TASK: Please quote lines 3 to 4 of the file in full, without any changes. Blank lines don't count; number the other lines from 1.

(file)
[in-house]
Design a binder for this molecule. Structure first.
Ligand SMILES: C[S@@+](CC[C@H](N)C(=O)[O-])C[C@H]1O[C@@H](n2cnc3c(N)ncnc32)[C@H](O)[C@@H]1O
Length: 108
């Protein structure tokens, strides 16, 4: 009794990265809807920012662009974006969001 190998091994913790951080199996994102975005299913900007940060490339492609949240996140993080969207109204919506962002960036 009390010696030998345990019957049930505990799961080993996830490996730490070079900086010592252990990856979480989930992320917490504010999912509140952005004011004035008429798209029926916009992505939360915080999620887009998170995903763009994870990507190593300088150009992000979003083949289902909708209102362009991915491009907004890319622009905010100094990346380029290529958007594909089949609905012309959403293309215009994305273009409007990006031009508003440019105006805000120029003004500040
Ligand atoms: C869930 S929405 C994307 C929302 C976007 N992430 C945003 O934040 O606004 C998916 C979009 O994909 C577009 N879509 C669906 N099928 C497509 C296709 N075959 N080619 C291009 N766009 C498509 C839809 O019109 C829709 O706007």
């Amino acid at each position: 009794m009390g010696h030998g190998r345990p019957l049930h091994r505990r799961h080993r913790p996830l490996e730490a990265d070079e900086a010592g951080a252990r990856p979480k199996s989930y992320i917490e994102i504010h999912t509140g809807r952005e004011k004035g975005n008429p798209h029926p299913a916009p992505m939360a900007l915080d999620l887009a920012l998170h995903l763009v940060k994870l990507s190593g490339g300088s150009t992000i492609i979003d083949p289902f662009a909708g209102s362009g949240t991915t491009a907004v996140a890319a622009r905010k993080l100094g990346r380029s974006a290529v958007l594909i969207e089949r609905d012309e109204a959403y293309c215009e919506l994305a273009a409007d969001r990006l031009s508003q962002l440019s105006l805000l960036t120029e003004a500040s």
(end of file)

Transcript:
Ligand SMILES: C[S@@+](CC[C@H](N)C(=O)[O-])C[C@H]1O[C@@H](n2cnc3c(N)ncnc32)[C@H](O)[C@@H]1O
Length: 108